Saturday, November 15, 2008

What Bwings Us Togetow Towday.

DADvocate bout sums this up:

I'm rather neutral on this issue but would like to see the government get out of the "marriage" business altogether. Set up a governmental system where all unions are civil unions while various religions can sanction whatever types of marriages they wish.
True, true.

Simple, easy, and respecting civil rights.



Dante said...

There are two basic problems I see to this approach. One has been hammered to death but one has not.

The first issue is in the definition itself. If sex isn't important in the definition of civil union, then why is any other factor? Speficically, what about number of parties involved? Why can't 3 people or 4 or a whole town be considered a single civil union? As far as state-sanctioned benefits go, this could turn into quite the nightmare and you wouldn't really have a logical defense if you take away the source material behind the definition. Like I mentioned above though, this issue has been hammered to death.

What I don't see too much of is our societal personal views of "marriage" versus our societal views of "civil union." Marriage has a pretty significant social stigma behind it. While we're not much of a church-going nation these days, we're still a somewhat God-fearing one. Pulling the religious backing behind the state definition also removes the moral fears of entering into a marriage lightly. I guess my point is this: most people aren't going to feel nearly as guilty about entering into a civil union just for the perks as they would about entering into a marriage for the same reasons.

Now I don't particularly back any sort of mangling the Constitution to insert rules of marriage or some federal mandate to create a definition, but I don't see the problem with this particular custom having the same Judeo-Christian roots as many of our nation's other laws and traditions.

My personal opinion is that the state either needs to leave the definition alone or get out of the business of recognizing any sort of marriage/civil union/etc.

patsbrother said...

My vote is to legislatively change the legal definition of marriage to two consenting, competent, non-related adults. If you think this is confusing, this essentially is the definition we got now, only it doesn't include the words "of opposite genders."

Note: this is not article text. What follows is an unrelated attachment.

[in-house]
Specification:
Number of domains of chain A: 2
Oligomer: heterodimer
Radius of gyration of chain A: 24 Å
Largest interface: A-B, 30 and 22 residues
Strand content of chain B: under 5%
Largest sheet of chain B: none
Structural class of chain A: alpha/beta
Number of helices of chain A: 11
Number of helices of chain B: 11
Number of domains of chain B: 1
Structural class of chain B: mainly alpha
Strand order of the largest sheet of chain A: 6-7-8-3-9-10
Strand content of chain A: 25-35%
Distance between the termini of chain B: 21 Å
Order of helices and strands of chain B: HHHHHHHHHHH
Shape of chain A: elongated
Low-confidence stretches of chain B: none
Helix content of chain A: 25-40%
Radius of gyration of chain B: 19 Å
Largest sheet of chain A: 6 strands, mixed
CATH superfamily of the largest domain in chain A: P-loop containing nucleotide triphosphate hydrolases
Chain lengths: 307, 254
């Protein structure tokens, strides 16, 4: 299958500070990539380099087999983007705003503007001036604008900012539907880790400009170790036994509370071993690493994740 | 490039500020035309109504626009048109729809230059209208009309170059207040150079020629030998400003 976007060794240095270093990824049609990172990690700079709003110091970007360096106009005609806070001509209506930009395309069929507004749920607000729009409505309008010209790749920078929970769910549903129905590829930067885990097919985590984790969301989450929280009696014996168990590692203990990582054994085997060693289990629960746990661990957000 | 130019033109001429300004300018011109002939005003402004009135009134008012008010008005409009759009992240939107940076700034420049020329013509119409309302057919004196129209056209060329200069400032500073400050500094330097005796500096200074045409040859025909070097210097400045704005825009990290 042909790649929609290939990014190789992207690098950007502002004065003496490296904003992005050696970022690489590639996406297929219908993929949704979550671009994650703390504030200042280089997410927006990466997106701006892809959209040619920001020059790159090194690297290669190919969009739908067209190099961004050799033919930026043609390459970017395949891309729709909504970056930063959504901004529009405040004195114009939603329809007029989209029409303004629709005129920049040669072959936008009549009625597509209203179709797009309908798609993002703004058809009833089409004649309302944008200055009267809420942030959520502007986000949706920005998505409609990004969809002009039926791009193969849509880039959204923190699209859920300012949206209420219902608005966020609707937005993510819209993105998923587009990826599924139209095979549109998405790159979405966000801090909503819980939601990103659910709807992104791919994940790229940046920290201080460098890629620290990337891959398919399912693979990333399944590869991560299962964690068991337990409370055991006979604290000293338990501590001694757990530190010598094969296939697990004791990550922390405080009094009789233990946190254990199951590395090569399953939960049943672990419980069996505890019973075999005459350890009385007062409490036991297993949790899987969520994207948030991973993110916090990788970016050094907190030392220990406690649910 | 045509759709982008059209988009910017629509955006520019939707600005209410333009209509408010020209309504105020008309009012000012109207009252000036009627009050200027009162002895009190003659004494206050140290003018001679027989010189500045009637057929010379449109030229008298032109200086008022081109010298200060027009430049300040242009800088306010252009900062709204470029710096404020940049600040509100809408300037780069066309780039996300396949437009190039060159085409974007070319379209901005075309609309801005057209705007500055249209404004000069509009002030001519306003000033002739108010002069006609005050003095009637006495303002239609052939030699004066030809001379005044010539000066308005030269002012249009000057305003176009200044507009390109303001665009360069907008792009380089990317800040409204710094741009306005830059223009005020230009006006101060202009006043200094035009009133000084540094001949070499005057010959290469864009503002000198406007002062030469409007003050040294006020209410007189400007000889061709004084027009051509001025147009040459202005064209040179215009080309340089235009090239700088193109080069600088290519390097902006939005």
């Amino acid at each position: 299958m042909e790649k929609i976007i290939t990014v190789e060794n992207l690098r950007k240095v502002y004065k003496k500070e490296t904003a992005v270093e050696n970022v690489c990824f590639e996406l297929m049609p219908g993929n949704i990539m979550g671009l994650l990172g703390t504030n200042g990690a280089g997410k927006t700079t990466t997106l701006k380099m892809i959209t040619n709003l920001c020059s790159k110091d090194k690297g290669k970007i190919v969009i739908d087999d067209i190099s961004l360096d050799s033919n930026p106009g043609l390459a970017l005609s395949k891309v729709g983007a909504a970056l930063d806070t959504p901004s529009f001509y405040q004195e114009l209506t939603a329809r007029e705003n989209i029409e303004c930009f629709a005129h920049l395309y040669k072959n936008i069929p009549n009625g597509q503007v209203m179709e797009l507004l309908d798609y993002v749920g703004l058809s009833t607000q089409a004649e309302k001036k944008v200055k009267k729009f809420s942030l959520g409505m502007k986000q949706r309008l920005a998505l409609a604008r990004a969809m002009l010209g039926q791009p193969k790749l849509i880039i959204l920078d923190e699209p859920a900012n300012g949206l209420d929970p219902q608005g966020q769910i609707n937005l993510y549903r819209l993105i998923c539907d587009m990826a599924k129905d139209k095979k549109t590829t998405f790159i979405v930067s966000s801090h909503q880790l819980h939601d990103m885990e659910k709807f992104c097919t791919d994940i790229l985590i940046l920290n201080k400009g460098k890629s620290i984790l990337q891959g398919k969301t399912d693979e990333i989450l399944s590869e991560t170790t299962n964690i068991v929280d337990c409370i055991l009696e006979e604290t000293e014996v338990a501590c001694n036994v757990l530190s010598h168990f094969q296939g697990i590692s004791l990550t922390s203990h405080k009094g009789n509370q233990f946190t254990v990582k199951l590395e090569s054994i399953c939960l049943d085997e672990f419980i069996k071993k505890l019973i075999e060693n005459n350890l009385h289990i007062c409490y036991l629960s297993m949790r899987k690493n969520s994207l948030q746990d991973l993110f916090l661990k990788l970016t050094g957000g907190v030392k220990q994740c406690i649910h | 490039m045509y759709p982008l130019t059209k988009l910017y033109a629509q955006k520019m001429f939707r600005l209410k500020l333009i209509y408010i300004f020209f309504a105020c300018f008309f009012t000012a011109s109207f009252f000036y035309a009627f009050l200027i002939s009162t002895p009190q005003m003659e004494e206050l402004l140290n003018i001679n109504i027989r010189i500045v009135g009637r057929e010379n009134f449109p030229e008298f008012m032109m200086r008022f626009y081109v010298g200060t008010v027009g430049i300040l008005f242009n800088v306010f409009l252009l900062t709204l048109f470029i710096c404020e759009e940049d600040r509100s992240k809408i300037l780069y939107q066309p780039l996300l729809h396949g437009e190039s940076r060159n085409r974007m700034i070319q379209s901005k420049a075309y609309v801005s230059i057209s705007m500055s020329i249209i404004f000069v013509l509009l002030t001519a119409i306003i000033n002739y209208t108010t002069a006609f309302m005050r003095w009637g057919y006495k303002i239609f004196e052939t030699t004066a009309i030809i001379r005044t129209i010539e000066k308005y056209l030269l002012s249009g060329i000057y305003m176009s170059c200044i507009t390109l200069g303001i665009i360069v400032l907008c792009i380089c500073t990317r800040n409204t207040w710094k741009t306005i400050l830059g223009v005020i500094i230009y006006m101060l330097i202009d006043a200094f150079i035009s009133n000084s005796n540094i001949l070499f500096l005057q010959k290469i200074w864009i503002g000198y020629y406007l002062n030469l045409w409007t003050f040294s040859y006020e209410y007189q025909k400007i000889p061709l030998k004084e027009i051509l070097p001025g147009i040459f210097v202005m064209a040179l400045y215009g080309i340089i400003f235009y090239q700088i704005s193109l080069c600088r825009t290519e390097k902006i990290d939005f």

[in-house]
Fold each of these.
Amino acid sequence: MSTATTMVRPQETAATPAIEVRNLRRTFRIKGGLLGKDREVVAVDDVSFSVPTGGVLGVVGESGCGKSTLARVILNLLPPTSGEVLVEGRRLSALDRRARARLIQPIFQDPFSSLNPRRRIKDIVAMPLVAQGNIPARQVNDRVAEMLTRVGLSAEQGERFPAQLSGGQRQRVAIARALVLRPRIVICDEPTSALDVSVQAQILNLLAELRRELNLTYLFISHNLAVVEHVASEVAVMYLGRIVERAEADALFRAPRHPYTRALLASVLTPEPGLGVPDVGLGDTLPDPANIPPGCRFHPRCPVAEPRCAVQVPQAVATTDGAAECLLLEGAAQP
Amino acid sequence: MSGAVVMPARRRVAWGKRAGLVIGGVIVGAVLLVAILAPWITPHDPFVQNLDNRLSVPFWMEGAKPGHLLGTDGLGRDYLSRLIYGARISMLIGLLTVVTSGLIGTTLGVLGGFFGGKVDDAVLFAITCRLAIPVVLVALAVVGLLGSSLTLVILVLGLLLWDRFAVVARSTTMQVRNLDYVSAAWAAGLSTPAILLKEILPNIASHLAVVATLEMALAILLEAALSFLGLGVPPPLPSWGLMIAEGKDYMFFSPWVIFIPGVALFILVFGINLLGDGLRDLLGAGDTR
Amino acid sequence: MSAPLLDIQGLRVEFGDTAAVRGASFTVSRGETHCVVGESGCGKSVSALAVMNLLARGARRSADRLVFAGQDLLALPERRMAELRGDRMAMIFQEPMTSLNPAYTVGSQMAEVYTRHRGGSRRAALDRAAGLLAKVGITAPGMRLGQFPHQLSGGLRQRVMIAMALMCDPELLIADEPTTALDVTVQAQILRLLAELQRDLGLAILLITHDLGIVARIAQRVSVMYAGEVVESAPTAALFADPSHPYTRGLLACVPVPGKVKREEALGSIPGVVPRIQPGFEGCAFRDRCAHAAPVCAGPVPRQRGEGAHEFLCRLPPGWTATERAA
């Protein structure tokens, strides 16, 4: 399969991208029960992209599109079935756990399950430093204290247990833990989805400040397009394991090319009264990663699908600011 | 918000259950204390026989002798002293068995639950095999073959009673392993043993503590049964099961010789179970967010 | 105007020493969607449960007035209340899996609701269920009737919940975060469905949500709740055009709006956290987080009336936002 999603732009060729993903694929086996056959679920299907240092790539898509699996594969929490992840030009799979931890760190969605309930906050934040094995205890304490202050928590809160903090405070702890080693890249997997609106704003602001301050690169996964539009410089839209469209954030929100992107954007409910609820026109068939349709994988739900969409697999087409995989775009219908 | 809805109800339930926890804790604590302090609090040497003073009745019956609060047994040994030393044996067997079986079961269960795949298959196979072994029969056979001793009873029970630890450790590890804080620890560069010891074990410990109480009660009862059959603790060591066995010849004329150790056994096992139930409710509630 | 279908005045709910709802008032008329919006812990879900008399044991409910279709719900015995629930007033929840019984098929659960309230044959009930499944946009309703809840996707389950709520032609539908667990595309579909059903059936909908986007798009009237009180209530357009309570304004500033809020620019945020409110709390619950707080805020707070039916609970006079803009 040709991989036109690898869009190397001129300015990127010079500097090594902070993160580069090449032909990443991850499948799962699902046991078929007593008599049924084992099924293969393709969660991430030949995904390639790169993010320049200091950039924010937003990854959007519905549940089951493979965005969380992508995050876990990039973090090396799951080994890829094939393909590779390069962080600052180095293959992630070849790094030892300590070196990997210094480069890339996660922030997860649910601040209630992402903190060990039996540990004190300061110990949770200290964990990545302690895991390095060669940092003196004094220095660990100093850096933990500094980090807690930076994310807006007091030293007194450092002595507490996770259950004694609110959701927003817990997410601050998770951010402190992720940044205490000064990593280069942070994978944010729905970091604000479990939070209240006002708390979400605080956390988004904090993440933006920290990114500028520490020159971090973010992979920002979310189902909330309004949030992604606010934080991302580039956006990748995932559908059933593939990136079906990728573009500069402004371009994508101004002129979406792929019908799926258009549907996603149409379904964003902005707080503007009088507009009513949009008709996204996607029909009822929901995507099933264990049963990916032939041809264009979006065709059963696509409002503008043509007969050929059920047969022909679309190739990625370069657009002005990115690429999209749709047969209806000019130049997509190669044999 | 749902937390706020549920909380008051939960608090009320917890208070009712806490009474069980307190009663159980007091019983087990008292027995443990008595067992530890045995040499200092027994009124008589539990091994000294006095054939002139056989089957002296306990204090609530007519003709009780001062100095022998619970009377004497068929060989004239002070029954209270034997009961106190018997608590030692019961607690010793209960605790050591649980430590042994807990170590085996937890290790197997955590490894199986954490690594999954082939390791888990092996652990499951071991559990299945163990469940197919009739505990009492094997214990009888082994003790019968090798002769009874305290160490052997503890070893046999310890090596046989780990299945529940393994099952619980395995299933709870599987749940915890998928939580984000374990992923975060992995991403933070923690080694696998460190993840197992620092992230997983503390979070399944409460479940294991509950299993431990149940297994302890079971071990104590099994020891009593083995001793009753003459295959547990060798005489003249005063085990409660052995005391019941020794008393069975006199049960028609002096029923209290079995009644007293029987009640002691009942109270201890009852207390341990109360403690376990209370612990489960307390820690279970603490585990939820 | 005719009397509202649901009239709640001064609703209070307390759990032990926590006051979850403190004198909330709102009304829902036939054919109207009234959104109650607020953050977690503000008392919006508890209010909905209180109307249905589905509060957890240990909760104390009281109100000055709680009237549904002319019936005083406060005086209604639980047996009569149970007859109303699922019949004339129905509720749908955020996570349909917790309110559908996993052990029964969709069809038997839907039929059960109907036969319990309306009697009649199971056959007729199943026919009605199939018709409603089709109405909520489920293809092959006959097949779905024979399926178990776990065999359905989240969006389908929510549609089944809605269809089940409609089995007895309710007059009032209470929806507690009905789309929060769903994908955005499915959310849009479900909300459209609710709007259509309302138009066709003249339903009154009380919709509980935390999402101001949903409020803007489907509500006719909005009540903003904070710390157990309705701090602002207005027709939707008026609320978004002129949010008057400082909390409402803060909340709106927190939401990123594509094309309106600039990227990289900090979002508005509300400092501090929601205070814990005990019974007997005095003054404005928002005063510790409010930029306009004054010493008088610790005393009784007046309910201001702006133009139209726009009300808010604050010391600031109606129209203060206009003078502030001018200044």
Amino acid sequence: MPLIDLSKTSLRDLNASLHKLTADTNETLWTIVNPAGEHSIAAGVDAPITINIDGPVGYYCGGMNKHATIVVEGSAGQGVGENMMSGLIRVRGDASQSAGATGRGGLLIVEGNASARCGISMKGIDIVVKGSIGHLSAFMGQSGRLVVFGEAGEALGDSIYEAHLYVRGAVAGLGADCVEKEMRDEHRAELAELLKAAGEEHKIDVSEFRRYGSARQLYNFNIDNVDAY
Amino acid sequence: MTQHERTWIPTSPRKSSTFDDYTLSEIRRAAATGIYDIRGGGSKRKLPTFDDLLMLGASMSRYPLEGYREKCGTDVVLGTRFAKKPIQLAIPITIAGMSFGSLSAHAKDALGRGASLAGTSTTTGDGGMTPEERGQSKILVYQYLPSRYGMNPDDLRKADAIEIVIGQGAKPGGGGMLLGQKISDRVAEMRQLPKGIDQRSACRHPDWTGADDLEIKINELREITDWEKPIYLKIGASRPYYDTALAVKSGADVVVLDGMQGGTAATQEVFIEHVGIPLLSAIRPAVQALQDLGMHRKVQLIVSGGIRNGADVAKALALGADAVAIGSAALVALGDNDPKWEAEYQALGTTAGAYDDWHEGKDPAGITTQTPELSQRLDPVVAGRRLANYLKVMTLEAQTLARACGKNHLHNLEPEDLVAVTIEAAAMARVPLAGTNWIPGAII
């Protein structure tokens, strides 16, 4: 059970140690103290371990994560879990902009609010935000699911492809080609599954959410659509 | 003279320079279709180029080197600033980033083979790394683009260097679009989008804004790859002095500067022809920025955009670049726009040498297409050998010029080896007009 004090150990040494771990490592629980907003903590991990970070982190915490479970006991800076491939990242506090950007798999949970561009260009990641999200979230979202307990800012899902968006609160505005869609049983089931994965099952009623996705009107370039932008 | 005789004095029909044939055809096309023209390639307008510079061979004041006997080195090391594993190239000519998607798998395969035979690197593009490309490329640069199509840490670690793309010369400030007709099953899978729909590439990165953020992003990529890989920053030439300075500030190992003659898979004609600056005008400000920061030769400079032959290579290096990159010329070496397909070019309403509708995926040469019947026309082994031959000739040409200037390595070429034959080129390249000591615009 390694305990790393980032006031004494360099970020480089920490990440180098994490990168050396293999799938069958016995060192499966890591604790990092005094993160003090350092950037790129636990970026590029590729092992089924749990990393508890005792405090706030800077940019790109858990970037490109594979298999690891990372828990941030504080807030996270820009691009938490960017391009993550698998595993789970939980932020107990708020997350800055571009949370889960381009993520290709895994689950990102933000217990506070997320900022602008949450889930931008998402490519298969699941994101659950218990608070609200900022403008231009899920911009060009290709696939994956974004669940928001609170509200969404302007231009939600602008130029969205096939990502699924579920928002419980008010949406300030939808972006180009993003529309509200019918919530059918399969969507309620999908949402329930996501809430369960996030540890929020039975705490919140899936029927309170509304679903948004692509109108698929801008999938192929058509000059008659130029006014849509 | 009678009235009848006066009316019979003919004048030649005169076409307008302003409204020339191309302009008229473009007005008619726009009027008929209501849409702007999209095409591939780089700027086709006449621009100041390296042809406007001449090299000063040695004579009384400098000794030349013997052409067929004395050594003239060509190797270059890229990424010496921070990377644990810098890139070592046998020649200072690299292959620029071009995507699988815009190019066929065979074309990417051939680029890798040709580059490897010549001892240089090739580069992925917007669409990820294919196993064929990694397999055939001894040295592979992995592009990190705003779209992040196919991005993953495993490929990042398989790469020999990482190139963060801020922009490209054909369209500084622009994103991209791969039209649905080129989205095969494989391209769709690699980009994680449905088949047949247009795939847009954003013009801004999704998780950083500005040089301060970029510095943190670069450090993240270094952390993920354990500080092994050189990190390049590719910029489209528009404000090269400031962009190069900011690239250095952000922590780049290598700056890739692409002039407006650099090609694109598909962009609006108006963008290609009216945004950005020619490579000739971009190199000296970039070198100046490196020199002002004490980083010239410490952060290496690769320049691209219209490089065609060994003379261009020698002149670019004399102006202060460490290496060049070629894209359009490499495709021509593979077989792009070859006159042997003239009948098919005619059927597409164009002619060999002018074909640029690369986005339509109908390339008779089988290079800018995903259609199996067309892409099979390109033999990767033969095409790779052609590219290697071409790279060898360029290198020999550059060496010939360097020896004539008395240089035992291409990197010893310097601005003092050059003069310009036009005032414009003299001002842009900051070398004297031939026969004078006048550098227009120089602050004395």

Really, that's the simplest change to make, and the only one that doesn't get all looney.

One misconception a disturbing number of people have about the concept of amending the definition of marriage is this: they think that if we change the definition of marriage that it will force churches to marry gay people when they don't want to do it. To which I ask: when was the last time you saw a Baptist wedding performed by a Catholic priest? Never? I wonder why. Maybe (just maybe) it's because churches are not required to marry any two people who have signed a marriage license.

In the Vinn diagram of marriages, changing the definition does not increase the size of the marriages performed by churches who disapprove of homosexuality; changing the definition merely allows the circle of total marriages to grow.

A comment on DADvocate's thought:
A "civil union" is just a marriage by a different name, and thus the government can't get out of the marriage business simply by renaming them "civil unions." Call a spade a spade, and let's go with what we got.

A comment on dante's thought:
Though this is not precisely the point you raise, should people redefine marriage through the courts, there really is no logical endpoint to marriage. If "equal protection" demands that two people who love each other should be allowed to wed (as some have argued), there is nothing stopping that rule from applying to groups of three or more people or to currently-barred pairs(such as siblings) who might want to wed. However, if we, as an electorate, either by special vote or through our representatives in our state houses, choose to extend marriage specifically to gay couples, the definition of marriage will not be some amorphous concept to be toyed with but a concrete institution with but three distinct variances: a man and a woman; two men; or two women.

liberalandproud said...

I wish everyone who voted for Prop 8 in CA would have read patsbrother's comment first.